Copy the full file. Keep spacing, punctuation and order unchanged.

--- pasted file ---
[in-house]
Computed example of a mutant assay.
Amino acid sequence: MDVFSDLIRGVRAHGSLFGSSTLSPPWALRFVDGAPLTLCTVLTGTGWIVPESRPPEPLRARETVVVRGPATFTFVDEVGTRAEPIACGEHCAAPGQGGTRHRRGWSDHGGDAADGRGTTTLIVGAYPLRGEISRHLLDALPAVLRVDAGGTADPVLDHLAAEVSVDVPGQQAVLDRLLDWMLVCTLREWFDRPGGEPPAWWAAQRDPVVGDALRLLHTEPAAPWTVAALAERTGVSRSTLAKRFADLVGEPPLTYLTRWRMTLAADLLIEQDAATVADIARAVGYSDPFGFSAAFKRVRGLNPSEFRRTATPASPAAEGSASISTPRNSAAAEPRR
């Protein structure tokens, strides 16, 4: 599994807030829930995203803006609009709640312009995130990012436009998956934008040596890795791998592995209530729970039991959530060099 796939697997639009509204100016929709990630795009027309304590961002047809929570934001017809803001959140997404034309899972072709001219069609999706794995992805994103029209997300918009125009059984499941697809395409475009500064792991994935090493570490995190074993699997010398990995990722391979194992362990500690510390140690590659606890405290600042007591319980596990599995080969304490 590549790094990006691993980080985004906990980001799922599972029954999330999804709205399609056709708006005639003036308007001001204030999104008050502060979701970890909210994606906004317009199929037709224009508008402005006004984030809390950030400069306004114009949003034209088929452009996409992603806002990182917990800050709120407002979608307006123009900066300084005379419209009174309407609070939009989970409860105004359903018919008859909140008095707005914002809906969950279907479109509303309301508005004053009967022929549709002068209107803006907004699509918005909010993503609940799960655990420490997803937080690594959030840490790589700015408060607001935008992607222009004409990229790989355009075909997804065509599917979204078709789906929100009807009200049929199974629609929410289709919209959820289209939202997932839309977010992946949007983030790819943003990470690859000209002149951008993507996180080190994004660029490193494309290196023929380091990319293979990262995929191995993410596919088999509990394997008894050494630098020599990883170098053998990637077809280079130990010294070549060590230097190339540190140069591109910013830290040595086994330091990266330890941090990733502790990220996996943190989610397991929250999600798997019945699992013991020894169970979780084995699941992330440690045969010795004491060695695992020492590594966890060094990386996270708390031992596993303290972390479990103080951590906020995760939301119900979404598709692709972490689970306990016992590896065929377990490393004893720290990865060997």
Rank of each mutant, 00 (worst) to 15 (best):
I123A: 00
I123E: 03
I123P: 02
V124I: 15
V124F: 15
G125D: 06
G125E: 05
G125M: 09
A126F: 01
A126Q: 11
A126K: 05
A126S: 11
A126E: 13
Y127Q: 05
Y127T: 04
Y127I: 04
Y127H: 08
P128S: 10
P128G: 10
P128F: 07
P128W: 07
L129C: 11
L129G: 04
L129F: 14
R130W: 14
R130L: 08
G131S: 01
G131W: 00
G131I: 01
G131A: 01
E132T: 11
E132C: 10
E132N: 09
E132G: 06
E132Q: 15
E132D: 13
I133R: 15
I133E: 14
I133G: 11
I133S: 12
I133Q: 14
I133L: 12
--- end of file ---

[in-house]
Computed example of a mutant assay.
Amino acid sequence: MDVFSDLIRGVRAHGSLFGSSTLSPPWALRFVDGAPLTLCTVLTGTGWIVPESRPPEPLRARETVVVRGPATFTFVDEVGTRAEPIACGEHCAAPGQGGTRHRRGWSDHGGDAADGRGTTTLIVGAYPLRGEISRHLLDALPAVLRVDAGGTADPVLDHLAAEVSVDVPGQQAVLDRLLDWMLVCTLREWFDRPGGEPPAWWAAQRDPVVGDALRLLHTEPAAPWTVAALAERTGVSRSTLAKRFADLVGEPPLTYLTRWRMTLAADLLIEQDAATVADIARAVGYSDPFGFSAAFKRVRGLNPSEFRRTATPASPAAEGSASISTPRNSAAAEPRR
């Protein structure tokens, strides 16, 4: 599994807030829930995203803006609009709640312009995130990012436009998956934008040596890795791998592995209530729970039991959530060099 796939697997639009509204100016929709990630795009027309304590961002047809929570934001017809803001959140997404034309899972072709001219069609999706794995992805994103029209997300918009125009059984499941697809395409475009500064792991994935090493570490995190074993699997010398990995990722391979194992362990500690510390140690590659606890405290600042007591319980596990599995080969304490 590549790094990006691993980080985004906990980001799922599972029954999330999804709205399609056709708006005639003036308007001001204030999104008050502060979701970890909210994606906004317009199929037709224009508008402005006004984030809390950030400069306004114009949003034209088929452009996409992603806002990182917990800050709120407002979608307006123009900066300084005379419209009174309407609070939009989970409860105004359903018919008859909140008095707005914002809906969950279907479109509303309301508005004053009967022929549709002068209107803006907004699509918005909010993503609940799960655990420490997803937080690594959030840490790589700015408060607001935008992607222009004409990229790989355009075909997804065509599917979204078709789906929100009807009200049929199974629609929410289709919209959820289209939202997932839309977010992946949007983030790819943003990470690859000209002149951008993507996180080190994004660029490193494309290196023929380091990319293979990262995929191995993410596919088999509990394997008894050494630098020599990883170098053998990637077809280079130990010294070549060590230097190339540190140069591109910013830290040595086994330091990266330890941090990733502790990220996996943190989610397991929250999600798997019945699992013991020894169970979780084995699941992330440690045969010795004491060695695992020492590594966890060094990386996270708390031992596993303290972390479990103080951590906020995760939301119900979404598709692709972490689970306990016992590896065929377990490393004893720290990865060997």
Rank of each mutant, 00 (worst) to 15 (best):
I123A: 00
I123E: 03
I123P: 02
V124I: 15
V124F: 15
G125D: 06
G125E: 05
G125M: 09
A126F: 01
A126Q: 11
A126K: 05
A126S: 11
A126E: 13
Y127Q: 05
Y127T: 04
Y127I: 04
Y127H: 08
P128S: 10
P128G: 10
P128F: 07
P128W: 07
L129C: 11
L129G: 04
L129F: 14
R130W: 14
R130L: 08
G131S: 01
G131W: 00
G131I: 01
G131A: 01
E132T: 11
E132C: 10
E132N: 09
E132G: 06
E132Q: 15
E132D: 13
I133R: 15
I133E: 14
I133G: 11
I133S: 12
I133Q: 14
I133L: 12